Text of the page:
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Sean Scully, Blur The Edges, Love One Another

The Center des monuments nationaux presents the exhibition Blur The Edges, Love One Another by Sean Scully at Château d’Oiron from 23 May – 6 October 2024.

Sean Scully is one of the most important artists of his generation whose work changed the paradigm of abstraction by merging the minimal character of American abstraction with the metaphor and spirituality of the European tradition.

He constructs his paintings and sculptures from simple shapes, intuitively stacked and interlocked until they occupy all the space given to them and seem to harbour something sacred within them.

He is interested in the intrinsic qualities of materials, whether it is the colours and sensuality of paint, the delicacy of the rusty surfaces of Corten steel or the contrast between the smooth and rough surfaces of stone.

Scully's works are both physical and sensitive, at the intersection of the material and emotional worlds.

Le Centre des Monuments Nationaux, wishing to broaden the visitor experience towards the castle park, invited Sean Scully to create a monumental sculpture in the spirit of the constructions that appeared in English gardens in the 18th century to invite people to discover a variety of viewpoints and landscapes.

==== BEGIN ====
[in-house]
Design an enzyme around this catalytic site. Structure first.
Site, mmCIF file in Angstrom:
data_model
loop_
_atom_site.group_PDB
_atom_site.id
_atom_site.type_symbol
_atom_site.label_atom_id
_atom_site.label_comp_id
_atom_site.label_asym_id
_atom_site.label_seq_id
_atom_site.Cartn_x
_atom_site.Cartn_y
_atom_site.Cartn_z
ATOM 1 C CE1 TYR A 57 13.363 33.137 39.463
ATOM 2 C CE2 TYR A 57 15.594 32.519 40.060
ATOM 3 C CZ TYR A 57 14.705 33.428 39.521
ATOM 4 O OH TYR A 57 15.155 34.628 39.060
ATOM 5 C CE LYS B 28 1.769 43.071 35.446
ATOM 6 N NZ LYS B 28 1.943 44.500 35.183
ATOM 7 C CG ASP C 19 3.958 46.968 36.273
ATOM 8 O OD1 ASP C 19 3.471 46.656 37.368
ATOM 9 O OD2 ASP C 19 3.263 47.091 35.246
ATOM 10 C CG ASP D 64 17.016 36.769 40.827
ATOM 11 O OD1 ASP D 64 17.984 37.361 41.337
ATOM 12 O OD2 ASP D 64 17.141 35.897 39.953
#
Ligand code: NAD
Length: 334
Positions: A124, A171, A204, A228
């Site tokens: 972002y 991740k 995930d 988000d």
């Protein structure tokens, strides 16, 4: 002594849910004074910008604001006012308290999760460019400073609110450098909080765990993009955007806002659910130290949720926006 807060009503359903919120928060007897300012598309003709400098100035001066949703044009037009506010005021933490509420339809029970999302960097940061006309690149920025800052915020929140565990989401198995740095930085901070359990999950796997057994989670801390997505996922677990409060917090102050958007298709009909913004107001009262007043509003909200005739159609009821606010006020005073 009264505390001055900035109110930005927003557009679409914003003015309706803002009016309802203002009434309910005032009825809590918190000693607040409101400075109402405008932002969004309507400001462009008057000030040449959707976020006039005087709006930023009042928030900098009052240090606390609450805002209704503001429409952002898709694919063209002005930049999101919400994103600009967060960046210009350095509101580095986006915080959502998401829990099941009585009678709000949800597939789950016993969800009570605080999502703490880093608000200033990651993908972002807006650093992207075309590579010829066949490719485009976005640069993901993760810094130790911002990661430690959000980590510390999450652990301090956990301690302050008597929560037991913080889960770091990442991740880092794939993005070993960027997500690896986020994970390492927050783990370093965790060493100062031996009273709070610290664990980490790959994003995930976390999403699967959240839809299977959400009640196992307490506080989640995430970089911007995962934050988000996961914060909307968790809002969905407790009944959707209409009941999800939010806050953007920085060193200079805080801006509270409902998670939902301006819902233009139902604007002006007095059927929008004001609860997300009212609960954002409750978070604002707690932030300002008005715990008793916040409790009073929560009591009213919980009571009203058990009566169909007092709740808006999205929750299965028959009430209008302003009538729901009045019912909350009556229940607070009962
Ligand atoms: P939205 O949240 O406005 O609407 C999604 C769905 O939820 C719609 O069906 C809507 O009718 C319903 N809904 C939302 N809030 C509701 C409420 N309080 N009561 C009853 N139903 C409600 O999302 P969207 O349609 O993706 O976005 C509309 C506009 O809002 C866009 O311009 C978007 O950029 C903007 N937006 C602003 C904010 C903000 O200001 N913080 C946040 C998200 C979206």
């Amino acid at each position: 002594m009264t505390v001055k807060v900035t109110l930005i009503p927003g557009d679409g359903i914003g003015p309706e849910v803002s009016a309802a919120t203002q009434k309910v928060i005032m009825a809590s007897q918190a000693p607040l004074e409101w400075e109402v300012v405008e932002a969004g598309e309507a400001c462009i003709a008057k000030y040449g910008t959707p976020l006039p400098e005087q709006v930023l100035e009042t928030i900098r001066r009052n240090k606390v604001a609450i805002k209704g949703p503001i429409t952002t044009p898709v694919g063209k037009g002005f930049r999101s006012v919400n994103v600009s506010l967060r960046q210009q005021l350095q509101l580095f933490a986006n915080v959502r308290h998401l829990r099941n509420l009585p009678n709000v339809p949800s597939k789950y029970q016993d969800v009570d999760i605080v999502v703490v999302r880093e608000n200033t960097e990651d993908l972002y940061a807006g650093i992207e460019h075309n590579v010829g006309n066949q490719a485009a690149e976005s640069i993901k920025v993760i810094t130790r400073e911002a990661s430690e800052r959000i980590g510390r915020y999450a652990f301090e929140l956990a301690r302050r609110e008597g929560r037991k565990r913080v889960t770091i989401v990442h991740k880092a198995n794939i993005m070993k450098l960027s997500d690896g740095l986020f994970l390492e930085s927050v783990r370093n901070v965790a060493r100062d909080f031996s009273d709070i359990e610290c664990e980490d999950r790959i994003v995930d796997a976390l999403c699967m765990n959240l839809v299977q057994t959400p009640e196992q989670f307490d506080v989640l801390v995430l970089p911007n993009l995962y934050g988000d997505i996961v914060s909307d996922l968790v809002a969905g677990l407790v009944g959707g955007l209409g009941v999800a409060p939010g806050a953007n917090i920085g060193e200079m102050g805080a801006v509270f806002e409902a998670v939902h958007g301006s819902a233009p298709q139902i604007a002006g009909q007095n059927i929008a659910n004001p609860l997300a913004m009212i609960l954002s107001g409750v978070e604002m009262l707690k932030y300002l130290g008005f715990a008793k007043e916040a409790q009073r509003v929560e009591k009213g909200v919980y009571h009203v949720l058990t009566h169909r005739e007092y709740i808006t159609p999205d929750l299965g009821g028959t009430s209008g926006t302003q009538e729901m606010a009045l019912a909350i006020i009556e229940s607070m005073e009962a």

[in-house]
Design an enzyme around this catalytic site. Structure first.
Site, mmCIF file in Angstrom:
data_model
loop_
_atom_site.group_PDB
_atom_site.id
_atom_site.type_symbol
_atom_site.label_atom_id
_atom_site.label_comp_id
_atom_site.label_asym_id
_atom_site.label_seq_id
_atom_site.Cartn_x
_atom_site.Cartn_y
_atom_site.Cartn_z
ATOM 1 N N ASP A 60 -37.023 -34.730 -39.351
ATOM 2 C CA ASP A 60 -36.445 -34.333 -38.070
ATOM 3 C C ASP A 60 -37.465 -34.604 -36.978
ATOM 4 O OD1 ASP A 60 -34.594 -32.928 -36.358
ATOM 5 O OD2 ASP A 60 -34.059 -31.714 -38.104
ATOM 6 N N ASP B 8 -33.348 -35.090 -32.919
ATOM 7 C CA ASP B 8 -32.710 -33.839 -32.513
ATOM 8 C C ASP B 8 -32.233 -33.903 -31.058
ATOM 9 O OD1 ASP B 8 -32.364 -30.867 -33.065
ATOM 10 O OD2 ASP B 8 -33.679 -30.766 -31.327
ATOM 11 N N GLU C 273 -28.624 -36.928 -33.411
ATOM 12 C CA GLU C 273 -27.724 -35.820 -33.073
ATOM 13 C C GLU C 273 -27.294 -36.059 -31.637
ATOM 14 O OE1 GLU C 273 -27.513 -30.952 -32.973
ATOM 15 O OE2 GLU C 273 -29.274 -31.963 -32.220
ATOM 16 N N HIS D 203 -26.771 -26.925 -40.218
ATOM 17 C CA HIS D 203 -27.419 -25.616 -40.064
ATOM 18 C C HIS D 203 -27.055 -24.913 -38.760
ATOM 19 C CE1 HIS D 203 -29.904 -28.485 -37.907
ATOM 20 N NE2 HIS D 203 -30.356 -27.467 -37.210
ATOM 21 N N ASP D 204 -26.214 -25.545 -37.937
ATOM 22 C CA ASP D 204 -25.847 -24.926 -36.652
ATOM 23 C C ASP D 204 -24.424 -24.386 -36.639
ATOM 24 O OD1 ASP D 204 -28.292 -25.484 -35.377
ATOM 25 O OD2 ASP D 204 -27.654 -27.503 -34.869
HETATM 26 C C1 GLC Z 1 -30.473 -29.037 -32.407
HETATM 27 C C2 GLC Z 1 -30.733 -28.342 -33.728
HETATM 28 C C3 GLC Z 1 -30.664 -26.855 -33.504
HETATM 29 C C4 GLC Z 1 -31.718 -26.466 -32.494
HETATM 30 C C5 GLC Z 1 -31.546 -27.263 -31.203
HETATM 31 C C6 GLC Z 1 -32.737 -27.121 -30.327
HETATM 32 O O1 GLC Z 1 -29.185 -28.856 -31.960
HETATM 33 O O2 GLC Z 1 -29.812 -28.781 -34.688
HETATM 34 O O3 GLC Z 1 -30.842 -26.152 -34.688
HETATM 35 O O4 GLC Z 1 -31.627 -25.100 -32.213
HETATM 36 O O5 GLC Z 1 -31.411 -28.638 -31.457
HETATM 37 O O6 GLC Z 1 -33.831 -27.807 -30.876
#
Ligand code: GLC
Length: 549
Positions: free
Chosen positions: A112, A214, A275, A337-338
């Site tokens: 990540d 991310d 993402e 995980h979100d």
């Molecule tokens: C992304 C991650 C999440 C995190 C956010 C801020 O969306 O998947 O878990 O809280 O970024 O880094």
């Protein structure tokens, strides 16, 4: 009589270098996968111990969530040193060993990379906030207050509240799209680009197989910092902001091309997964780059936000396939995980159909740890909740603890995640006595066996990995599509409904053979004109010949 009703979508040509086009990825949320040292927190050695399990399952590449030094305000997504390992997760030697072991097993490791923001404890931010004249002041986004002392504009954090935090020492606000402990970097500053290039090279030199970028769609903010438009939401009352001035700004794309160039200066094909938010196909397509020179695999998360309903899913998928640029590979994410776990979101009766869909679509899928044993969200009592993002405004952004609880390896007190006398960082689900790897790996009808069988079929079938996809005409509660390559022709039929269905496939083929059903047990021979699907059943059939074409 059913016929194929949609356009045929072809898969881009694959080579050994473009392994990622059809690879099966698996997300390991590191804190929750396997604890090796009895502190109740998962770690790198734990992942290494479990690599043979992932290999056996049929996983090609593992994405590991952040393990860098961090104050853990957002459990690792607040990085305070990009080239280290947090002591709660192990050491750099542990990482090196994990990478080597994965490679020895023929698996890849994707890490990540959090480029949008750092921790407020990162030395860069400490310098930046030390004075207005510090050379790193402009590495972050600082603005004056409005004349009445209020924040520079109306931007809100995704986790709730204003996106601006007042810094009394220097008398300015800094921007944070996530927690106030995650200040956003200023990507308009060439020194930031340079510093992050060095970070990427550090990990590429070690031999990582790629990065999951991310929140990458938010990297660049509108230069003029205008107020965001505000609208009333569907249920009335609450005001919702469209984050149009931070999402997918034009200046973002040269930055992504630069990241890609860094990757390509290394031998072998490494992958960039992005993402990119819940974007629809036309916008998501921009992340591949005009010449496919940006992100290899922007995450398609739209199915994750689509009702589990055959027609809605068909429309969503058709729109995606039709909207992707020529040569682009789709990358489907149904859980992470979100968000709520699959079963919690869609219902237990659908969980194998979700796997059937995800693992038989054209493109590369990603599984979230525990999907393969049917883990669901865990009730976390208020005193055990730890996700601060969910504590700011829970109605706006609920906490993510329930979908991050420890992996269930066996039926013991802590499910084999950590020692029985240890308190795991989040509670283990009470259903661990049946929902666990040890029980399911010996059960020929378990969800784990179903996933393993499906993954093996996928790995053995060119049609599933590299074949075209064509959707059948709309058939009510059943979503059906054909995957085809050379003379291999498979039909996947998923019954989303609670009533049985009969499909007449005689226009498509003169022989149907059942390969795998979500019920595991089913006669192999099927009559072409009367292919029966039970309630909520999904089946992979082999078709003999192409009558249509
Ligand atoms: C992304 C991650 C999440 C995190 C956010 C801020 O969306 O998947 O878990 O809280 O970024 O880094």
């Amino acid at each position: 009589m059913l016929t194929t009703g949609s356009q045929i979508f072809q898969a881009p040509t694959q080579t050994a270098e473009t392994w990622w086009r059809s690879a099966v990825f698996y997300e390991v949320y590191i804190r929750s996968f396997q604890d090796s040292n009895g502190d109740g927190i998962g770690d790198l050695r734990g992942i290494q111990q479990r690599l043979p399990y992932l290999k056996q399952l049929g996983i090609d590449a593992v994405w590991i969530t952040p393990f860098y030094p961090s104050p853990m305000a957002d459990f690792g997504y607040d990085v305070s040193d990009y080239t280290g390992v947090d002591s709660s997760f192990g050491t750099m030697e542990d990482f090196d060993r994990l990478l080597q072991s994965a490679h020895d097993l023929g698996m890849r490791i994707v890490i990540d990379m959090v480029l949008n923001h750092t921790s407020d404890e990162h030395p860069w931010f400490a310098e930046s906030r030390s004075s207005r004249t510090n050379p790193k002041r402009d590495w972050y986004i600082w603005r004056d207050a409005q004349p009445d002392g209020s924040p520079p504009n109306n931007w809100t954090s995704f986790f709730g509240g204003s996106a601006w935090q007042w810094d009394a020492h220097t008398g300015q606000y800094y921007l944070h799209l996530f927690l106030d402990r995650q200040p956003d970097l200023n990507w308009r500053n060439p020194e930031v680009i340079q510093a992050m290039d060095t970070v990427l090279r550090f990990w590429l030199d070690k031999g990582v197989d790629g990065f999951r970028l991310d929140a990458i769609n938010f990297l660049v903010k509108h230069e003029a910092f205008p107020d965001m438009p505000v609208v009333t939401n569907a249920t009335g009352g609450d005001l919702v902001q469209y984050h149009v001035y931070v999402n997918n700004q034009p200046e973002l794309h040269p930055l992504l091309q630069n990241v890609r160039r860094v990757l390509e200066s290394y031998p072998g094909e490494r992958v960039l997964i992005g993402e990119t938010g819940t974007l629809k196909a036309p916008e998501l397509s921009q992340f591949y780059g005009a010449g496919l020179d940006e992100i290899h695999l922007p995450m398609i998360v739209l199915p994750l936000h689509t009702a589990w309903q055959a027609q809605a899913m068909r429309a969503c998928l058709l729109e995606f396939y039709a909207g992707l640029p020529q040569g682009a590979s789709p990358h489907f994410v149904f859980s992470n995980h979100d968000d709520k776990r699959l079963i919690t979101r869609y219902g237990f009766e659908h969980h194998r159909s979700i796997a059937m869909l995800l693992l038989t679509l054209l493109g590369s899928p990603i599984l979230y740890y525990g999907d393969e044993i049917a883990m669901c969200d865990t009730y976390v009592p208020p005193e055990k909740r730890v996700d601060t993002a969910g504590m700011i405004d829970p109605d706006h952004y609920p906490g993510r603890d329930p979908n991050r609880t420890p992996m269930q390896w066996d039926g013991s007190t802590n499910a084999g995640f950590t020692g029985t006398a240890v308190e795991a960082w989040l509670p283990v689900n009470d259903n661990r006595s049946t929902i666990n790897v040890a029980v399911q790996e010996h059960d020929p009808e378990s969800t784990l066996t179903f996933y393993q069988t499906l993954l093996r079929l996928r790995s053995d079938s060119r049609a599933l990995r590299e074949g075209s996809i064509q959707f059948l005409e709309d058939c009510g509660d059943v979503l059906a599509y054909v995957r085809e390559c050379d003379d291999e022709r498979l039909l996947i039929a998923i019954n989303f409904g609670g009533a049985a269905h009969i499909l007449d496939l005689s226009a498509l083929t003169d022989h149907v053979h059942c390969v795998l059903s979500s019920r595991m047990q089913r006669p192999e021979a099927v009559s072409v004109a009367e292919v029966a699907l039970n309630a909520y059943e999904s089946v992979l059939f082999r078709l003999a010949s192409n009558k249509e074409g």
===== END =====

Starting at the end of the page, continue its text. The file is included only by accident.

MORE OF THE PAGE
The artist chose to create a Stone Tower, a formidable “fortress” in local stone, whose mass and vertical angles will echo the scale and architecture of the castle. This first permanent sculpture by Sean Scully in a French public institution is currently being created and will be unveiled in the fall of 2024.

Because his sculptures and paintings are closely linked, the artist selected a group of eight paintings for Oiron in order to present the permanent sculpture in the broader context of his work: abstract paintings on aluminium composed of flowing horizontal and vertical blocks of colour and porous spaces between them.

The title of the exhibition Blur The Edges, Love One Another refers to these spaces between the blocks of paint – or stone – and thus, to the idea of the importance of negotiating and blurring boundaries between people, nations, towards a place of love and tolerance.

In the entrance hall of the castle, making the link between the exterior and the interior, Venice Stack (2020), a sculpture of stacked Murano glass blocks, a real three-dimensional stained glass window imbued with a pictorial sensitivity, will welcome the visitors.

Born in 1945 in Dublin, Scully grew up in South London and moved to New York in 1975. Today, he lives and works between New York, London, Aix-en Provence and Bavaria.

The exhibition is dedicated to the memory of Jill Silverman van Coenegrachts.


Sean Scully, Venice Stack, 2020, Murano glass, 270 x 108 x 108 cm / 106.3 x 42.5 x 42.5 in

Sean Scully, Venice Stack, 2020, Murano glass, 270 x 108 x 108 cm / 106.3 x 42.5 x 42.5 in